I shall keep you in suspense no longer! The answer to my quiz question yesterday was A.B.Cox, alias Anthony Berkeley, alias Francis Iles. It was the publication of his masterpiece, Malice Aforethought, under the Iles name, that provoked such interest in his identity. Anthony Berkeley Cox had already established a reputation under the name Anthony Berkeley as an accomplished writer of detective fiction. (He also wrote one exceptionally difficult to find novel as A. Monmouth Platts.)
Malice Aforethought is a genuine classic, even if the twist ending was anticipated by C.S. Forester in Payment Deferred. I am fascinated by the range of names suggested as the author of the book, and I was pleased that so many of you had a go at answering my question. Thanks again.
The first two Berkeley books were originally published anonymously, and he was a man who guarded his privacy jealously. He was not unsociable, and co-founded the Detection Club, but he gave up writing crime novels with the advent of the Second World War, retaining the Iles name for his incisive crime reviewing.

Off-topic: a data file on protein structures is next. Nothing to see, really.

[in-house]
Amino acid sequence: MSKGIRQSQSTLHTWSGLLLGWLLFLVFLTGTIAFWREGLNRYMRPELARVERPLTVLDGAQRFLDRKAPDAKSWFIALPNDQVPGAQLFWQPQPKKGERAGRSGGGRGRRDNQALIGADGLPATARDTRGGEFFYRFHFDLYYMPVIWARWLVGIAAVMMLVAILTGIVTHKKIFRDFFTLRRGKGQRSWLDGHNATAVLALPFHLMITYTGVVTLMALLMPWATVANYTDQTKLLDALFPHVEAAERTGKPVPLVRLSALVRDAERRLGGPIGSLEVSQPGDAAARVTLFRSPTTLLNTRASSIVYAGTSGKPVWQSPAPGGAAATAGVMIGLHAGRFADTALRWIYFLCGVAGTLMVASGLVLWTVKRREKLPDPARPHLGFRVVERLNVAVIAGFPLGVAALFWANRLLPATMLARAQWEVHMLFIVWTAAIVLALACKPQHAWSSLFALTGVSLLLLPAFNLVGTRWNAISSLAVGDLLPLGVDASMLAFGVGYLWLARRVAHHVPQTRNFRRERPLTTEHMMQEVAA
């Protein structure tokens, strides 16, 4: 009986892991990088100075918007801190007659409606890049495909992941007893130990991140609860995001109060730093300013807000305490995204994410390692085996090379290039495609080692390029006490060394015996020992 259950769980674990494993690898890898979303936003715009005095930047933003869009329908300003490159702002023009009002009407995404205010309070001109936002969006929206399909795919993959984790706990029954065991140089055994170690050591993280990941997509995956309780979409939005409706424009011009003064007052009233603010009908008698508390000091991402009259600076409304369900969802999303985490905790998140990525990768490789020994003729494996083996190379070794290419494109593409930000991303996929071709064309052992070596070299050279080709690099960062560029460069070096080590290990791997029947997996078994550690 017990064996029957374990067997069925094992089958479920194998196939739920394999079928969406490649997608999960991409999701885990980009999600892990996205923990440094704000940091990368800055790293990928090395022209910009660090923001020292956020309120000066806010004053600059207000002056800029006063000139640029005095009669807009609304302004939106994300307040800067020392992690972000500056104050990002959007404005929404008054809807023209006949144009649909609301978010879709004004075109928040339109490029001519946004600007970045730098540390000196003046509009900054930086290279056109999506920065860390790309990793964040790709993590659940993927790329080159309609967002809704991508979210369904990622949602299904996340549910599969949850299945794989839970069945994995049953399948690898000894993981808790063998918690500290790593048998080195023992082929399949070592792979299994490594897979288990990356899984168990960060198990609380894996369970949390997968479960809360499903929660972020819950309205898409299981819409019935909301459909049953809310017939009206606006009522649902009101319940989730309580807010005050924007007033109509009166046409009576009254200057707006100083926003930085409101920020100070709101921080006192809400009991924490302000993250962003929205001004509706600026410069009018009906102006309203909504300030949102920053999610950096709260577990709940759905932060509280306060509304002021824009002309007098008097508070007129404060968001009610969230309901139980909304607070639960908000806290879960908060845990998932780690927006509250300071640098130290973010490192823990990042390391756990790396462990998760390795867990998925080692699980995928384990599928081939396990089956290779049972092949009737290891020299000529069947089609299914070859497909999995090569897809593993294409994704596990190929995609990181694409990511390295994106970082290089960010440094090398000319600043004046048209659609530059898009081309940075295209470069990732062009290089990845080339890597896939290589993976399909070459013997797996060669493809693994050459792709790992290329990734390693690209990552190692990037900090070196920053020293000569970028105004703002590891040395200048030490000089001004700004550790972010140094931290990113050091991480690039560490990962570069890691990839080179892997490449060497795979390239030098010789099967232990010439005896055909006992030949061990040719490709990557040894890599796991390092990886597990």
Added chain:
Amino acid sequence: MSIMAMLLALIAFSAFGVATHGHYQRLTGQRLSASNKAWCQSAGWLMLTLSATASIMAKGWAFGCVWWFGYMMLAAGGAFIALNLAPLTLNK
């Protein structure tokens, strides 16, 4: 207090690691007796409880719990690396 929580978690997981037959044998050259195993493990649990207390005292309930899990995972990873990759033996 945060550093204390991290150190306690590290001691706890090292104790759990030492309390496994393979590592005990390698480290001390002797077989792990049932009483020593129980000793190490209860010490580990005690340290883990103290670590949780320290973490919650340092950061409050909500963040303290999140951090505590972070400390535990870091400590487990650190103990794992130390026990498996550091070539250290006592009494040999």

I obtained the details of the speculation about the identity of Francis Iles from a book I acquired last week from a London book-dealer, George Locke. The Anthony Berkeley Cox Files: notes towards a bibliography is the work of ‘Ayresome Johns’ – but that is itself a pseudonym, for George himself.
George’s book first appeared in 1993. It was an edition limited to 300 copies, and a unique feature was that each had, tipped in, an original typed manuscript by Cox. George’s idea was to ensure that each purchaser had the chance to own ‘the original typescript of an A.B.Cox short story, article or other piece of writing’ and this seems to me to be a very pleasing feature. The manuscript in my copy is of a light-hearted little piece, ‘Our Fire’.Cox-Berkeley-Iles is a writer I’ve long admired and it’s fascinating to encounter one of his original typescripts.